"The range for the CHEM GRE for our incoming class was 610-890."

 

"If your area of interest is organic, you should strive to score in the 70th percentile or higher for a competitive application. If your area of interest is inorganic or physical, you should strive to score in the 50th percentile or higher."

 

"We don’t have a recommended minimum score on the GRE, but competitive applications usually have the Verbal and Quantitative in the top 33%, and the AW at or near the top 50%.  The subject GRE is optional, but if included the top 50% would also be competitive. " 

 

"The minimum GRE score is 70% quantitative, 40% qualitative, and 3.0 writing. Most admitted students have 80%  quantitative, 80% qualitative, and 4.3 writing."

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I feel like all the 'numbers' in applications matter far less than everybody assumes they do (including me, when I was applying). I thought all my GRE scores were really low (and faced a lot of criticism on this forum for that too :D). I wish I'd mailed people like Hijojo did though.

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  • 1 year later...
On 3/16/2015 at 9:01 AM, Hijojo said:

Harvard actually posts the average scores to those admitted to the program last year - it's 163 Verbal, 166 Quantitative, 4.8 Analytical and 812 Chemistry (see here: http://chemistry.harvard.edu/pages/admissions-faq). Those are high scores, obviously, but gives you an idea of what it top schools count as good scores (and remember, 50% of people scored below that! Though I have no idea what the standard deviation is on those numbers.)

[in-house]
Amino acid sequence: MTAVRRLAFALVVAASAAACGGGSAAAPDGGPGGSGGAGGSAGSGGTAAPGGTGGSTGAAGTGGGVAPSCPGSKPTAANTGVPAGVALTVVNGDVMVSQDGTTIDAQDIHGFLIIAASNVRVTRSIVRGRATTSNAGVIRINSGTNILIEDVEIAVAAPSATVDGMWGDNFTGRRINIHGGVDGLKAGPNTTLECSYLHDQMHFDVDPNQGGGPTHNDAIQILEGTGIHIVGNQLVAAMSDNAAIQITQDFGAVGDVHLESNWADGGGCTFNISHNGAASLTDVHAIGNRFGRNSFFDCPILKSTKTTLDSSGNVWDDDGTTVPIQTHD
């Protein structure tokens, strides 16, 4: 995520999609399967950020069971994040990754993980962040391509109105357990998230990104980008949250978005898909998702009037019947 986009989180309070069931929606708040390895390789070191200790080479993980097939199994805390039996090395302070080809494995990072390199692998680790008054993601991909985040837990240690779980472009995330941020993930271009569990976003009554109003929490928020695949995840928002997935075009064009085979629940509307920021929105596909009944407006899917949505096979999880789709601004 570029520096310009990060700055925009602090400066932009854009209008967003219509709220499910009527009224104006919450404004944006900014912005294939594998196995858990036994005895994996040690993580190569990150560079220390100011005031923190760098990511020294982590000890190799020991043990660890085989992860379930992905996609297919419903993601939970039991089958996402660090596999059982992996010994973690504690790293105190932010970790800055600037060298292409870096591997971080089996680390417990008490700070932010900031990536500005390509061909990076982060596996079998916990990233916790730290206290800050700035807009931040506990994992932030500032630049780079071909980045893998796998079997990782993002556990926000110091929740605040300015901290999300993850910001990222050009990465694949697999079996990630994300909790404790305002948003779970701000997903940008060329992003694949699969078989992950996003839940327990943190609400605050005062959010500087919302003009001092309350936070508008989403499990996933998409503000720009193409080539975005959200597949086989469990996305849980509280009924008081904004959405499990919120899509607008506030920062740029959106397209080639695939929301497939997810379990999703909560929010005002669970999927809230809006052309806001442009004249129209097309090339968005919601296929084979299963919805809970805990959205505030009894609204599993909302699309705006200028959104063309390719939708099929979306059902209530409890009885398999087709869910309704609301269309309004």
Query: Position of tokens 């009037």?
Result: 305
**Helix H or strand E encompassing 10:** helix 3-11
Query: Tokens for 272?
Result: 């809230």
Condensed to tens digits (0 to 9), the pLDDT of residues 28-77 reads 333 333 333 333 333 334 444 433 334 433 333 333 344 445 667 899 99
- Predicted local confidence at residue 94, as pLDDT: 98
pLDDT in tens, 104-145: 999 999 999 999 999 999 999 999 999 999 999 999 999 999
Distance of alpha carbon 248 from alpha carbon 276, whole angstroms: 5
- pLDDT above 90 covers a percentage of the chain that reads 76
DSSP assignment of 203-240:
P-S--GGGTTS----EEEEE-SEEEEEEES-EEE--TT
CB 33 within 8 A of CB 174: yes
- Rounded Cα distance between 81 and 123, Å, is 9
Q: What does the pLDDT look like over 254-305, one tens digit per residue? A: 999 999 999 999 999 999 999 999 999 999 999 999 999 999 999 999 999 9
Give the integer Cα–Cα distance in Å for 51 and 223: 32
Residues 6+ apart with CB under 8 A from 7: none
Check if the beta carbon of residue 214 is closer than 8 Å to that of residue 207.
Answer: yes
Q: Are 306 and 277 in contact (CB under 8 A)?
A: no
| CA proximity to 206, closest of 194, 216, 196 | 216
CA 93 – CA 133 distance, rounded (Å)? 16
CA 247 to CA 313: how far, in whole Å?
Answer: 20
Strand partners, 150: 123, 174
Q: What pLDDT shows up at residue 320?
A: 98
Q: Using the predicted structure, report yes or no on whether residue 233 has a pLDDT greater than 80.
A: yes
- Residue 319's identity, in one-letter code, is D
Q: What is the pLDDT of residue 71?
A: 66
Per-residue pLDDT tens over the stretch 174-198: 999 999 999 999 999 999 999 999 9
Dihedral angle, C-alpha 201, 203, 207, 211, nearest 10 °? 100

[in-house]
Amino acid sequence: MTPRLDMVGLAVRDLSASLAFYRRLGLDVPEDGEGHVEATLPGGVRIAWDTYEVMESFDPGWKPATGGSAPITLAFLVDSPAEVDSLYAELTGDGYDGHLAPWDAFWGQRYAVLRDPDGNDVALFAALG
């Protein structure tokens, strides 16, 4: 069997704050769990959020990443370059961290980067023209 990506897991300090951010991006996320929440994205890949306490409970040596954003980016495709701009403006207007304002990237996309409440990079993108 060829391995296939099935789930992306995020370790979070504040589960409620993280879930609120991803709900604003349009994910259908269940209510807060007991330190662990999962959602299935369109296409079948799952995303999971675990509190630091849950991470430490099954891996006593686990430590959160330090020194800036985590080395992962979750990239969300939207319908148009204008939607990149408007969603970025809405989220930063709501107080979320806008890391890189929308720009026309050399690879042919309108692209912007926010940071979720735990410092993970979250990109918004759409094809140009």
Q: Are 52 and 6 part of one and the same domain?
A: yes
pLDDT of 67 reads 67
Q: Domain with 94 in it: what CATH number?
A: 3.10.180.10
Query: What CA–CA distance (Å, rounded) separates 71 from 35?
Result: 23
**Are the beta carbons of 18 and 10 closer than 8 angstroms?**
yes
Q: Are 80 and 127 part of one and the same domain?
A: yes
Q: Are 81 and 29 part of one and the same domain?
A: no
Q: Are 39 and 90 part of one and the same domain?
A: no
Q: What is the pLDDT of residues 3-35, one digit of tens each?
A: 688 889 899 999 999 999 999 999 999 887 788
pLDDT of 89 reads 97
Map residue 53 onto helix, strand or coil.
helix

You can also email the department directly and ask if they can give you the average or range of students admitted last year - I did this for the Chemistry GRE, since I had some concerns over my score (660 - 38% percentile, I think). Some schools responded, some didn't, but here are the answers I got:

 

"The range for the CHEM GRE for our incoming class was 610-890."

 

"If your area of interest is organic, you should strive to score in the 70th percentile or higher for a competitive application. If your area of interest is inorganic or physical, you should strive to score in the 50th percentile or higher."

 

"We don’t have a recommended minimum score on the GRE, but competitive applications usually have the Verbal and Quantitative in the top 33%, and the AW at or near the top 50%.  The subject GRE is optional, but if included the top 50% would also be competitive. " 

 

"The minimum GRE score is 70% quantitative, 40% qualitative, and 3.0 writing. Most admitted students have 80%  quantitative, 80% qualitative, and 4.3 writing."

Hey!

Even I am having a chem GRE score in that range, I just wanted to know whether you reported this score or took the subject GRE again? Your reply would really help me!!!!!